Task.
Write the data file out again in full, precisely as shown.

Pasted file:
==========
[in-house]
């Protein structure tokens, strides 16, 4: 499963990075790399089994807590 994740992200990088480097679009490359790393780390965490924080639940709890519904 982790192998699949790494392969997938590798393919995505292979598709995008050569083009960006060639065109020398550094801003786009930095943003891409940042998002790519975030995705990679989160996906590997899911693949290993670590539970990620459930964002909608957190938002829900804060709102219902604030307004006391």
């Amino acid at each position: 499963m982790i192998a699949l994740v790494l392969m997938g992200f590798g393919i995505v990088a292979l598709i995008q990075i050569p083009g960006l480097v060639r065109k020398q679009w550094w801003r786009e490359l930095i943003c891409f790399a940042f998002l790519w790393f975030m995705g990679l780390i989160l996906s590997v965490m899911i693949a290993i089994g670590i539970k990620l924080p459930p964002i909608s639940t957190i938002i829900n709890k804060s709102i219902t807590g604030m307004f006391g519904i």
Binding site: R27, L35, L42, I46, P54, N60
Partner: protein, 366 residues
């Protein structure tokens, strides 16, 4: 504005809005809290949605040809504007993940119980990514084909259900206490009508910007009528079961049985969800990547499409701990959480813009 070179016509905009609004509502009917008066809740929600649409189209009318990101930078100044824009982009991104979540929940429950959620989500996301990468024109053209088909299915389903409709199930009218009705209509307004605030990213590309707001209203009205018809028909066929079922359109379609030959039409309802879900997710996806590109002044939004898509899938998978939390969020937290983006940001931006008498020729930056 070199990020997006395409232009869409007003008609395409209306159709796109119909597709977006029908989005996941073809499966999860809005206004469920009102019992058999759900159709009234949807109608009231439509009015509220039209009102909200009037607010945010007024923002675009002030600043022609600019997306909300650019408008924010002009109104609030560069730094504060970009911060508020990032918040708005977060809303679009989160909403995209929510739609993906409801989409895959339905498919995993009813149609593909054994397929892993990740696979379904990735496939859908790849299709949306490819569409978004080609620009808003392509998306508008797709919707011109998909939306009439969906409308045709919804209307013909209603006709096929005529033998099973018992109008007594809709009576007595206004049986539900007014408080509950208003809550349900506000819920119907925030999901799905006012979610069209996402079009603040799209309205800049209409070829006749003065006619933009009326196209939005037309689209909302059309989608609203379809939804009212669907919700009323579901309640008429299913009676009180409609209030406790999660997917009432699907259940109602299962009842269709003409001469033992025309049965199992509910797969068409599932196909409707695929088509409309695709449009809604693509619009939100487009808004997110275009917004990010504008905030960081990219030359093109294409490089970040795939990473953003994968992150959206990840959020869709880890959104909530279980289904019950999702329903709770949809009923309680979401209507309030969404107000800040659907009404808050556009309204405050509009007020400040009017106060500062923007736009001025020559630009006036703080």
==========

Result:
[in-house]
């Protein structure tokens, strides 16, 4: 499963990075790399089994807590 994740992200990088480097679009490359790393780390965490924080639940709890519904 982790192998699949790494392969997938590798393919995505292979598709995008050569083009960006060639065109020398550094801003786009930095943003891409940042998002790519975030995705990679989160996906590997899911693949290993670590539970990620459930964002909608957190938002829900804060709102219902604030307004006391």
């Amino acid at each position: 499963m982790i192998a699949l994740v790494l392969m997938g992200f590798g393919i995505v990088a292979l598709i995008q990075i050569p083009g960006l480097v060639r065109k020398q679009w550094w801003r786009e490359l930095i943003c891409f790399a940042f998002l790519w790393f975030m995705g990679l780390i989160l996906s590997v965490m899911i693949a290993i089994g670590i539970k990620l924080p459930p964002i909608s639940t957190i938002i829900n709890k804060s709102i219902t807590g604030m307004f006391g519904i």
Binding site: R27, L35, L42, I46, P54, N60
Partner: protein, 366 residues
């Protein structure tokens, strides 16, 4: 504005809005809290949605040809504007993940119980990514084909259900206490009508910007009528079961049985969800990547499409701990959480813009 070179016509905009609004509502009917008066809740929600649409189209009318990101930078100044824009982009991104979540929940429950959620989500996301990468024109053209088909299915389903409709199930009218009705209509307004605030990213590309707001209203009205018809028909066929079922359109379609030959039409309802879900997710996806590109002044939004898509899938998978939390969020937290983006940001931006008498020729930056 070199990020997006395409232009869409007003008609395409209306159709796109119909597709977006029908989005996941073809499966999860809005206004469920009102019992058999759900159709009234949807109608009231439509009015509220039209009102909200009037607010945010007024923002675009002030600043022609600019997306909300650019408008924010002009109104609030560069730094504060970009911060508020990032918040708005977060809303679009989160909403995209929510739609993906409801989409895959339905498919995993009813149609593909054994397929892993990740696979379904990735496939859908790849299709949306490819569409978004080609620009808003392509998306508008797709919707011109998909939306009439969906409308045709919804209307013909209603006709096929005529033998099973018992109008007594809709009576007595206004049986539900007014408080509950208003809550349900506000819920119907925030999901799905006012979610069209996402079009603040799209309205800049209409070829006749003065006619933009009326196209939005037309689209909302059309989608609203379809939804009212669907919700009323579901309640008429299913009676009180409609209030406790999660997917009432699907259940109602299962009842269709003409001469033992025309049965199992509910797969068409599932196909409707695929088509409309695709449009809604693509619009939100487009808004997110275009917004990010504008905030960081990219030359093109294409490089970040795939990473953003994968992150959206990840959020869709880890959104909530279980289904019950999702329903709770949809009923309680979401209507309030969404107000800040659907009404808050556009309204405050509009007020400040009017106060500062923007736009001025020559630009006036703080």